When they got back to camp, Colonel Richardson told the men to Jettison the bamboo—we’re going to invade Japan. So they did just that—jettisoned the bamboo as they weren’t going to need the hospital they were building there, and they all got on board their ships. Grandpop was on the lead ship of the Armada of Eickelburg 8th Army division out of Leyte.

The Japanese had given up before their ships arrived, and they were told the Japanese pilots were going to take them through the waters filled with land mines. They had no choice but to trust the Japanese pilots—there was no other way for them to navigate through the waters. The Japanese pilots were very observant and they did it—they led the ships through the mined waters.

When their ships pulled into port, all the little Japanese kids were sitting on the docks with two fingers raised in a V as a sign for victory. This made Grandpop laugh.

This led to the memory of another story—it was very cold in Japan in the wintertime so Grandpop and some men needed to go get some coal. They took interpreters to help them get 2 truckloads of coal. When they got to the village where they were supposed to get the coal, the villagers said “we have none”, but Grandpop had seen a huge pile of coal at the entrance to the village. He had the interpreters tell the villagers that they would get paid for the coal—that the government would pay them for it and told them to go load it up onto the trucks. This took place in Finch Haven—they got the coal and brought it back. By this time it was time to go home—Grandpop’s service time was up and they tried to get him to sign on for 3 more years but it was time to go home.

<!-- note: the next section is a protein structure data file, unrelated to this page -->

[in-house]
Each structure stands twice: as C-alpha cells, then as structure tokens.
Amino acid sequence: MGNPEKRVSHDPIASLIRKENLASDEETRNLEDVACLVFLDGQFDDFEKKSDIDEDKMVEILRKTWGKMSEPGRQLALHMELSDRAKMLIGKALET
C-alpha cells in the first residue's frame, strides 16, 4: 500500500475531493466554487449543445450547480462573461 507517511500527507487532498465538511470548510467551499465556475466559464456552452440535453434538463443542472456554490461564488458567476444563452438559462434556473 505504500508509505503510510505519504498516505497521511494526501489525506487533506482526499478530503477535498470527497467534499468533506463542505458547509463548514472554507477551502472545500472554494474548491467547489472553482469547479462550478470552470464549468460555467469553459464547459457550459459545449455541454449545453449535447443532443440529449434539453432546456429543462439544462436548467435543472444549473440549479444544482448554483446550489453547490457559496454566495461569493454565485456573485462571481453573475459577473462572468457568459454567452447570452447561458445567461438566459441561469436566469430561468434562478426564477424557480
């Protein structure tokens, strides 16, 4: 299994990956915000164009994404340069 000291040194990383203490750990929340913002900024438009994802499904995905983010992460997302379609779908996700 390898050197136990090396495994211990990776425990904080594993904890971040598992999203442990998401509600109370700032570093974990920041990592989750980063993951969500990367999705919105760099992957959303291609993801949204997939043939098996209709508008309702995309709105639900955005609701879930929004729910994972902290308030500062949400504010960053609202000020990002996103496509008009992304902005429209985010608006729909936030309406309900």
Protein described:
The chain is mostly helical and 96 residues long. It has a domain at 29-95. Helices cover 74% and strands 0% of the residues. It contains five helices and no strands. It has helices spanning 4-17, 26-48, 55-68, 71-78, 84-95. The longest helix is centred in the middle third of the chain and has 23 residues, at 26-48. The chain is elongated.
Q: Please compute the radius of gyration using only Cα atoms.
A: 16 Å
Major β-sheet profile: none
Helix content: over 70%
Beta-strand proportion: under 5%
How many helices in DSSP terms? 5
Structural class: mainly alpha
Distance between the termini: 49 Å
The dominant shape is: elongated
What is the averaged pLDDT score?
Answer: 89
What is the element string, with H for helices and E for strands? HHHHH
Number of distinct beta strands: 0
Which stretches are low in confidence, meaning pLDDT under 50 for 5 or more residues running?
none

Jennifer—Were you married at this time? Were you and Grandmom already married? So there was something to go home to, right?

Grandpop Oh yes…I got married (I missed what he said here—either the year, or how long before he left he was married, or what his rank was when he got married or something to that effect) before I left for duty.

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Many a day around noontime or shortly thereafter I find myself losing patience with the kids. Why do I think this is happening?

A) I am not eating lunch

B) They get tired and cranky and need naps

C) I get tired and cranky and need a nap

D) I forget to take my Effexor XR

E) Any one, combination, or all of the above

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Well, tonight I have planned an entire menu around an item I have never eaten before. Pierogies. It will be interesting to give these a try and see how my husband, kids and I like them.

They were on sale a few weeks ago and I had a coupon and just threw them in the cart thinking they might be interesting to try, and for some reason I’m on a clean out the fridge and freezer kick right now, and these need to get gone.